5. Understand and adhere to local rules and regulations

Make sure you have a thorough understanding of the regulatory framework for ICOs in your region, and make sure your project sticks to it. If you can’t run an ICO due to legal restrictions, consider relocating your business. Some ICOs have moved operations to more crypto-friendly countries (for instance, some Chinese companies have registered in Singapore or Hong Kong). Intelligent investors are not going to want to put their money into something that might not be legally sound.

Source: https://ico.envion.org/

6. Get legal counsel and set up a proper Know Your Customer (KYC) process

Make sure you budget for legal counsel and do your KYC correctly. The cryptocurrency space is in constant flux and new laws and regulations can come into existence almost overnight. You don’t want to be caught off-guard halfway through your crowdsale because you skimped on lawyer fees. Find out what is required for what you are planning, and if necessary, approach experienced organisations such as Bitcoin Suisse to run this side of things on your behalf. Do everything by the book — in the long run it will be worth it.

Source: https://ico.bitcoinsuisse.ch/

7. Think about the values for your project

Get your team together and discuss (and decide on) the values for your project. For instance, do you want to be part of crypto’s original philosophy of distributing wealth and gains among the many? Then you may want to set a maximum individual cap (of e.g. 0.5 ETH) so that many people can participate in your ICO with small amounts. On the other hand, if your main goal is to grow quickly, you may set a minimum cap and make sure many ‘whales’ participate. There’s no right or wrong way to do this, but make sure you think about all of this beforehand and let it inform your decisions.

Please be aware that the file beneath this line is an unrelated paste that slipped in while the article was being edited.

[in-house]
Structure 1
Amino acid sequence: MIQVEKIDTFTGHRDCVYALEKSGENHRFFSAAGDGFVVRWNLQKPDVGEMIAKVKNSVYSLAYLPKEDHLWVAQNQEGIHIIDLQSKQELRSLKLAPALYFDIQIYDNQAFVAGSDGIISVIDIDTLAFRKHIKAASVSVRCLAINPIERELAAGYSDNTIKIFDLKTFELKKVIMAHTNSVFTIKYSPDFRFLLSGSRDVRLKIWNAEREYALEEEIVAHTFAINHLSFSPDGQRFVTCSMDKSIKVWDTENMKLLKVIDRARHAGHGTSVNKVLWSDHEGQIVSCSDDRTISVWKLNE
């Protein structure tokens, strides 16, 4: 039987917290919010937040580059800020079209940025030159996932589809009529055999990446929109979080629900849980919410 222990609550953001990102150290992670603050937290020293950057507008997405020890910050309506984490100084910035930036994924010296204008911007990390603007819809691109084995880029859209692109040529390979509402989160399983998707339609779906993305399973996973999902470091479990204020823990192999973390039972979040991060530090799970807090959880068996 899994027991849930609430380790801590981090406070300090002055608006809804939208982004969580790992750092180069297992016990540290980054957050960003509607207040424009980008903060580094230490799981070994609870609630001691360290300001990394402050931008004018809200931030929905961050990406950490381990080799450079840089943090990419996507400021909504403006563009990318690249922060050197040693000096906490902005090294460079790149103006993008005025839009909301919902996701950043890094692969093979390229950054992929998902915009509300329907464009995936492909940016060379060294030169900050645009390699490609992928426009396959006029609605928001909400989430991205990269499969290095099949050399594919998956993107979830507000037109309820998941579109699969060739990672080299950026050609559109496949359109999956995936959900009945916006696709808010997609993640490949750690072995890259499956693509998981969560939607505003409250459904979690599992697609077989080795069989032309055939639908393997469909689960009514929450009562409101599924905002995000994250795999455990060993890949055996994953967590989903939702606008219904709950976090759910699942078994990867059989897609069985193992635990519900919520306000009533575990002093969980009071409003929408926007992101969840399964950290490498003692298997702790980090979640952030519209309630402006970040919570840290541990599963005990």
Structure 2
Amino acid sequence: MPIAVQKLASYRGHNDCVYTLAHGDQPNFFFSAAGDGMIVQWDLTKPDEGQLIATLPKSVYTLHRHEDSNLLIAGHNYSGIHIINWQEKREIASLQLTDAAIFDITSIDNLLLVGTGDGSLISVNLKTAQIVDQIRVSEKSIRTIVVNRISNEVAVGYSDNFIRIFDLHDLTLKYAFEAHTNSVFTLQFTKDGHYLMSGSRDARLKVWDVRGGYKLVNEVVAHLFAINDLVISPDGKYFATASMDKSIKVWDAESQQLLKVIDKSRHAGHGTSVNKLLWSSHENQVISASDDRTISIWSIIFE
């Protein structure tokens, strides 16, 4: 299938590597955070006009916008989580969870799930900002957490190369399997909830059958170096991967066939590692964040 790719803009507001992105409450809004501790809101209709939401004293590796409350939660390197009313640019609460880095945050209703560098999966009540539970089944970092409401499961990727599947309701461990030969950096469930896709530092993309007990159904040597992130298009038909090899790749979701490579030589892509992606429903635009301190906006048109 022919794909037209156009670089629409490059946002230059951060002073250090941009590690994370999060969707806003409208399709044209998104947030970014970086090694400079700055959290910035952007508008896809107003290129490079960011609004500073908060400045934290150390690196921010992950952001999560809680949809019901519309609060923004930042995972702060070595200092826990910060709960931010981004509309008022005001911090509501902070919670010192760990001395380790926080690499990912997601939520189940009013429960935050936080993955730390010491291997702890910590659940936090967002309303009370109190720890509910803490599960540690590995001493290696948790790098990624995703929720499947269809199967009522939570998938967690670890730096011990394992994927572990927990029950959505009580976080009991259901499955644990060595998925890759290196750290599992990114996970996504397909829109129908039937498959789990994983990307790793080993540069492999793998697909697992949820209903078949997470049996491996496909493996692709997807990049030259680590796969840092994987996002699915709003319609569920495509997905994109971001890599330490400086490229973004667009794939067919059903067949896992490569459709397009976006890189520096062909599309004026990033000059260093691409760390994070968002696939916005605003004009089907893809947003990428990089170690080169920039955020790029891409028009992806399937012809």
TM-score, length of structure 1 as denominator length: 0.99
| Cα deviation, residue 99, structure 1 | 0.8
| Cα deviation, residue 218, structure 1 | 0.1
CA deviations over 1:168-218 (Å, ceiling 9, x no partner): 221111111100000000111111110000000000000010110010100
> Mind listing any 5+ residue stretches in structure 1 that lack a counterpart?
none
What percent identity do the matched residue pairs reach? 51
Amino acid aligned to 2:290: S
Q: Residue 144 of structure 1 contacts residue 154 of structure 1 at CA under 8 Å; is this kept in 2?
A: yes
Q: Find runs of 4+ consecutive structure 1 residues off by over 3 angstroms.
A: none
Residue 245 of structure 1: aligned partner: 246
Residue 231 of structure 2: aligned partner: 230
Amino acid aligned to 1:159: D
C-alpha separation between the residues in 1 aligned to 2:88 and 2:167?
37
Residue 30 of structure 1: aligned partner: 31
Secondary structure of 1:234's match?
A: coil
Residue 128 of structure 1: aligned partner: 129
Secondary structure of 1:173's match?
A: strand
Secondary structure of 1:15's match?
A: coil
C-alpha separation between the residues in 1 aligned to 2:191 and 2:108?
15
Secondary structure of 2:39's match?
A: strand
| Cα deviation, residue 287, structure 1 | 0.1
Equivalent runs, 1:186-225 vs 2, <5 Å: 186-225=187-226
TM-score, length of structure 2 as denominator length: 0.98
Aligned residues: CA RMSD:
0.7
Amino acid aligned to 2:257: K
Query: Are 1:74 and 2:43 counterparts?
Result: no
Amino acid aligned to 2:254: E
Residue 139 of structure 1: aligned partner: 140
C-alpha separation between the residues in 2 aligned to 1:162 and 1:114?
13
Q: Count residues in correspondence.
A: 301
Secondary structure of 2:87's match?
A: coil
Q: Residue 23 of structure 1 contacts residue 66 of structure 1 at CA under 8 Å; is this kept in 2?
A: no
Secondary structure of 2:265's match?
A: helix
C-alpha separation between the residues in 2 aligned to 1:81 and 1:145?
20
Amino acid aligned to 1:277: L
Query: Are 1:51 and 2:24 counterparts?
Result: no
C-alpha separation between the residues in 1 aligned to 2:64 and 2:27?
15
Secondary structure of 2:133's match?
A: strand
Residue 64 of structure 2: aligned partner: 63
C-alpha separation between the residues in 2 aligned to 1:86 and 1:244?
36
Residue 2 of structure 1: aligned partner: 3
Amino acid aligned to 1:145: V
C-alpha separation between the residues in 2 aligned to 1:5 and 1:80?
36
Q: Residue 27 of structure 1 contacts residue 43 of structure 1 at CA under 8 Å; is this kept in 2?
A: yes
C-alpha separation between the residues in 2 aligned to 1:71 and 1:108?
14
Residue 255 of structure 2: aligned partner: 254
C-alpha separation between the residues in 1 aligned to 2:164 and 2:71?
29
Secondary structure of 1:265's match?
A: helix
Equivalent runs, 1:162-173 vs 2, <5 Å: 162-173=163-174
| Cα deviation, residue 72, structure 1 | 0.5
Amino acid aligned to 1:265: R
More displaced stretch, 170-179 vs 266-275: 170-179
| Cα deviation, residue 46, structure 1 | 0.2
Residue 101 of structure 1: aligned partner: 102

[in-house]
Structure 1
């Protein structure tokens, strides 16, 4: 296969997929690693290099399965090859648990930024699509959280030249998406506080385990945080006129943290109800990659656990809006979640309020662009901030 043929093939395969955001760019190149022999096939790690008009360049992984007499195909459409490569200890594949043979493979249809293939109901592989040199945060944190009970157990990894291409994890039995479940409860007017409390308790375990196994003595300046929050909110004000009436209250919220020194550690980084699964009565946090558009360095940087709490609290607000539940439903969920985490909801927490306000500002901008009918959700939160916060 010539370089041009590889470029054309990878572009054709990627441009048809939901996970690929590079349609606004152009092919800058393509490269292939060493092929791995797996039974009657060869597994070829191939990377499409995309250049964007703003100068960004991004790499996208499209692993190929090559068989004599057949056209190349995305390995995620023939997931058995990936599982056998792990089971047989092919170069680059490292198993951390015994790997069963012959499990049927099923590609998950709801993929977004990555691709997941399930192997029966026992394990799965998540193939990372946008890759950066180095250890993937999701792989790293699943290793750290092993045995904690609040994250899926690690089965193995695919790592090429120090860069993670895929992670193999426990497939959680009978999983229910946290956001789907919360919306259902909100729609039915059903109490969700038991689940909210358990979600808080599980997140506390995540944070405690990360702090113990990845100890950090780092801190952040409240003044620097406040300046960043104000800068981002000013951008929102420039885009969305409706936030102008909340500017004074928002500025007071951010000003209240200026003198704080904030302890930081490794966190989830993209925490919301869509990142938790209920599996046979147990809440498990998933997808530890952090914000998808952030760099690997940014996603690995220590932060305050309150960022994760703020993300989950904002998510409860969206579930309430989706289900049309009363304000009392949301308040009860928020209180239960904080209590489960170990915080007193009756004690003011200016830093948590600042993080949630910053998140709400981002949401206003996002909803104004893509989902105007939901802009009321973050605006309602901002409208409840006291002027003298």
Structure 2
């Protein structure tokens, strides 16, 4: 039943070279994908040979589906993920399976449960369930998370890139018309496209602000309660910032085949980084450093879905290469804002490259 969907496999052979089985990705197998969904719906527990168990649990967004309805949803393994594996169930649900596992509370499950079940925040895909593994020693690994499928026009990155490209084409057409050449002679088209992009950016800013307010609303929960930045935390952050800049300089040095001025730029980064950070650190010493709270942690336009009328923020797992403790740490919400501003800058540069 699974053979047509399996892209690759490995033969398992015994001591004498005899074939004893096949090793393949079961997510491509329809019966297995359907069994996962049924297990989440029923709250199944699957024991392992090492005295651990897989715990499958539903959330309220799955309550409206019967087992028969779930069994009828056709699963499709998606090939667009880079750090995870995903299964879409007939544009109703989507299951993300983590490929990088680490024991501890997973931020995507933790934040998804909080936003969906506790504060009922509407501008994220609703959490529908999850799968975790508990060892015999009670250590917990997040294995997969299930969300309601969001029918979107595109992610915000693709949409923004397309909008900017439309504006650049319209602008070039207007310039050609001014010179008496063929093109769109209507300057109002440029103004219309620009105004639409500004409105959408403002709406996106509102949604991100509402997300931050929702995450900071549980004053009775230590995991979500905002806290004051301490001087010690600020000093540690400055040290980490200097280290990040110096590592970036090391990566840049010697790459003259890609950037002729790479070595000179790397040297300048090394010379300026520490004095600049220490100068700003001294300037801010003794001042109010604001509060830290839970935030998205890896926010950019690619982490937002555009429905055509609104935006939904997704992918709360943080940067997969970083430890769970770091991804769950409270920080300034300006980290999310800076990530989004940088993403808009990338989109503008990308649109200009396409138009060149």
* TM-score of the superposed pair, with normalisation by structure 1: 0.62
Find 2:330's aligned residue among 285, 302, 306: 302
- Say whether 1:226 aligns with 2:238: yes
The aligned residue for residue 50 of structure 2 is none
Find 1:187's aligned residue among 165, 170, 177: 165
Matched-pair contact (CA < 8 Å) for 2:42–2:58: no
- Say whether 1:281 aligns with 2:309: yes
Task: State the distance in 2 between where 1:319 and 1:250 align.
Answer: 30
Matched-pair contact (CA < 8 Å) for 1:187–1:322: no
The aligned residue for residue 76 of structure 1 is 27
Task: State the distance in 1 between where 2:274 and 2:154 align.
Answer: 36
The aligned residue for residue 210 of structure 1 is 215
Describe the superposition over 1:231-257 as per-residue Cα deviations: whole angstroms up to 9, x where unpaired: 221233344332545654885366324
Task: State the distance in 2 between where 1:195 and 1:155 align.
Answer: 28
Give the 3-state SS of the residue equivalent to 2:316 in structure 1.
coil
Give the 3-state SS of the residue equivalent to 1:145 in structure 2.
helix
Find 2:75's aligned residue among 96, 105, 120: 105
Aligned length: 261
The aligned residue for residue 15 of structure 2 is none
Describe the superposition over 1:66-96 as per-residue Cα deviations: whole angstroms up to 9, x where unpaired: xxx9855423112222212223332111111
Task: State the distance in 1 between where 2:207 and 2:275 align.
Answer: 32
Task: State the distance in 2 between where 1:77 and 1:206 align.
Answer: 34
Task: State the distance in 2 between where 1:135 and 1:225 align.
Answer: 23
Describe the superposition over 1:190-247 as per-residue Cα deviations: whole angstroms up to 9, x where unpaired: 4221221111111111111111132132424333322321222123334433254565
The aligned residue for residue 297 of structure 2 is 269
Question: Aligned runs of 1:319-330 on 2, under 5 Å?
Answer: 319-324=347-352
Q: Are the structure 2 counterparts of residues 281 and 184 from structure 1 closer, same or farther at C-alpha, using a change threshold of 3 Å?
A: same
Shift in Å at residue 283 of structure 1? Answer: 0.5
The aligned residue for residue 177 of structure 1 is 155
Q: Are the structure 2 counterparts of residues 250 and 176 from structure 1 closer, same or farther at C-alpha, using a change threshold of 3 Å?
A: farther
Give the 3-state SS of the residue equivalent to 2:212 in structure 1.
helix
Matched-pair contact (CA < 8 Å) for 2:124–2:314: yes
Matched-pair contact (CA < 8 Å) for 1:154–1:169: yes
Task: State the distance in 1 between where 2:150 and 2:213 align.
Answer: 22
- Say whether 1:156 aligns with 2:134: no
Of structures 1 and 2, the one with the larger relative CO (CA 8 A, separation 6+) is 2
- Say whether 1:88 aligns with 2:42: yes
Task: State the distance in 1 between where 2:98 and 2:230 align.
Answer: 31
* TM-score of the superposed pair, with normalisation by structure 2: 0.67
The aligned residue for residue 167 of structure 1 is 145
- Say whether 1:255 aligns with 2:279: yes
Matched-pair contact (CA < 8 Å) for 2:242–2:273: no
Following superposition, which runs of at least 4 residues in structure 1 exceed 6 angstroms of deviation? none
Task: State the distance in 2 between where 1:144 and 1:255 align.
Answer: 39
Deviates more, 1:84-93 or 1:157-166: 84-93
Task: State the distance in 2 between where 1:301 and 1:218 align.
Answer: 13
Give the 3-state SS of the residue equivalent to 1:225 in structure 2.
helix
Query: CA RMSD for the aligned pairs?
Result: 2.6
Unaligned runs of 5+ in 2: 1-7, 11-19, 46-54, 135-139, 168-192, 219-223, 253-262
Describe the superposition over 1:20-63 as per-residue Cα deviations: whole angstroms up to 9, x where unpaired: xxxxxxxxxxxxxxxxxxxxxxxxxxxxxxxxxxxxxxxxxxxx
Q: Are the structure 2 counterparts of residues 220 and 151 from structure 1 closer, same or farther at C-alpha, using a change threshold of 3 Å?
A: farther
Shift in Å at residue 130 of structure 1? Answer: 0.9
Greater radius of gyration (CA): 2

8. Set up a maximum individual cap for the first 24 hours of your ICO

If you do want to give everyone a fair chance, run with a max individual cap for the first 24 hours of your public token sale. This allows everyone a chance to participate. If after the first day the hard cap has not yet been reached, then open the floodgates by removing the cap. But if you have a solid project, a strong team, a detailed roadmap and of course a prototype to prove the concept, then don’t worry: you will get funded.

9. Don’t change your token metrics halfway through your ICO

You should not change your token metrics or the terms of your ICO mid-way through the process. If you absolutely have to, then communicate your announcement very carefully. For instance, while their ICO was live, Experty announced they were going to peg the cost of ETH at $705 by taking an average price of the preceding 30 days. Although they prefaced this decision with “We are locking the ETH value to provide the same token price throughout the ICO”, and kept their hard cap at the same level, the reaction from the community was terrible.

FUD is rampant in the crypto world, and even if your bottom line remains the same, just appearing to shift the goal posts once live can really upset your investor community. Experty have a great product, a very strong team and their overall raise figures have not changed. However, their choice of wording when messaging this change (brought about by the rapid increase in ETH price) no doubt caused a lot of headaches for their community managers, since all investors saw was: “we’re valuing your ETH at $705”.

10. Determine your hard cap and communicate it clearly